CattleFax forecasts U.S. herd continuing to shrink at least one more year | TSLN.com

CattleFax forecasts U.S. herd continuing to shrink at least one more year

The continuing trend toward a smaller U.S. beef cattle herd, made worse by this year’s devastating drought, will continue for at least another year before numbers stabilize and perhaps shift toward expansion, according to CattleFax senior analyst Kevin Good.

Good said recently that U.S. cow slaughter so far this year is up 27 percent over the same period last year. Almost all those cattle are from Texas, Arkansas, Louisiana, New Mexico and Oklahoma – states hit hardest by drought. The most severe drought area, Good said, contains 10 million cows, or one-third of the U.S. total herd. Cow slaughter in other parts of the country has dropped off somewhat this year.

Good said cow numbers are likely to begin stabilizing by 2013 or 2014, meaning cow slaughter, and beef production, will decline. Stabilization, he said, will require a reduction in annual cow slaughter of about 1 million head. In addition, fewer heifers will move through feedyards as they return to breeding herds. This year, heifers account for about 36 percent of cattle placed into feedyards, while in expansion years they typically account for about 32 percent.

CattleFax expects U.S. steer and heifer slaughter this year to decline about by 200,000 head compared with last year. For 2012 they expect another year-over-year decline of about 300,000 head. By 2013, with more heifers remaining in breeding herds, steer and heifer slaughter could decline by another 600,000 head.

This year, per-capita U.S. beef supply is about 57.4 pounds. That is likely to decline to 56.3 pounds next year and to 53.7 pounds by 2013 as fewer heifers go to slaughter.

The continuing trend toward a smaller U.S. beef cattle herd, made worse by this year’s devastating drought, will continue for at least another year before numbers stabilize and perhaps shift toward expansion, according to CattleFax senior analyst Kevin Good.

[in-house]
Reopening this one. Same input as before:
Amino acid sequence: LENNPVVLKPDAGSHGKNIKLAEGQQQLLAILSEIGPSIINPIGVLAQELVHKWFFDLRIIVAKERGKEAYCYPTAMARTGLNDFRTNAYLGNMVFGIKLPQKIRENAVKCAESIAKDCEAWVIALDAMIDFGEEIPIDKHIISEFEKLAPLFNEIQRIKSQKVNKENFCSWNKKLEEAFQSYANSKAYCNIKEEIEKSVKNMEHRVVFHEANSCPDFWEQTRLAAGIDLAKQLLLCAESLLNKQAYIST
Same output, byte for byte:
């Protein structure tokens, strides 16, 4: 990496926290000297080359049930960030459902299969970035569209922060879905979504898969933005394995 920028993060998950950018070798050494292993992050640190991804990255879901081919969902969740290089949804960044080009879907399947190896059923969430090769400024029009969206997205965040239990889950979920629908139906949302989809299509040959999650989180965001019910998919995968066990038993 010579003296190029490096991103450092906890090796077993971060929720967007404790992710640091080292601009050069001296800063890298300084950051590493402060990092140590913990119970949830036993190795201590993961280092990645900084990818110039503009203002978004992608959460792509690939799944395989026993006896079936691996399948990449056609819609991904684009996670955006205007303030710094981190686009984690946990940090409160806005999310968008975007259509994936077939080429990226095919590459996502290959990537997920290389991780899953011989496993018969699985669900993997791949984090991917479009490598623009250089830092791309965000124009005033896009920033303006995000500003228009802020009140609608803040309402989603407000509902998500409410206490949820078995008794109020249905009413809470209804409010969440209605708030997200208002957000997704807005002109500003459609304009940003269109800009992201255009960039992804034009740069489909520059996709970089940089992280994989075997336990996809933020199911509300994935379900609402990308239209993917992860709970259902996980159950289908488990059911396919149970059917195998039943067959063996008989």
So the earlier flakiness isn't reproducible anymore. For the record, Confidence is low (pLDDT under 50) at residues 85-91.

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Good said recently that U.S. cow slaughter so far this year is up 27 percent over the same period last year. Almost all those cattle are from Texas, Arkansas, Louisiana, New Mexico and Oklahoma – states hit hardest by drought. The most severe drought area, Good said, contains 10 million cows, or one-third of the U.S. total herd. Cow slaughter in other parts of the country has dropped off somewhat this year.

Good said cow numbers are likely to begin stabilizing by 2013 or 2014, meaning cow slaughter, and beef production, will decline. Stabilization, he said, will require a reduction in annual cow slaughter of about 1 million head. In addition, fewer heifers will move through feedyards as they return to breeding herds. This year, heifers account for about 36 percent of cattle placed into feedyards, while in expansion years they typically account for about 32 percent.

CattleFax expects U.S. steer and heifer slaughter this year to decline about by 200,000 head compared with last year. For 2012 they expect another year-over-year decline of about 300,000 head. By 2013, with more heifers remaining in breeding herds, steer and heifer slaughter could decline by another 600,000 head.

This year, per-capita U.S. beef supply is about 57.4 pounds. That is likely to decline to 56.3 pounds next year and to 53.7 pounds by 2013 as fewer heifers go to slaughter.

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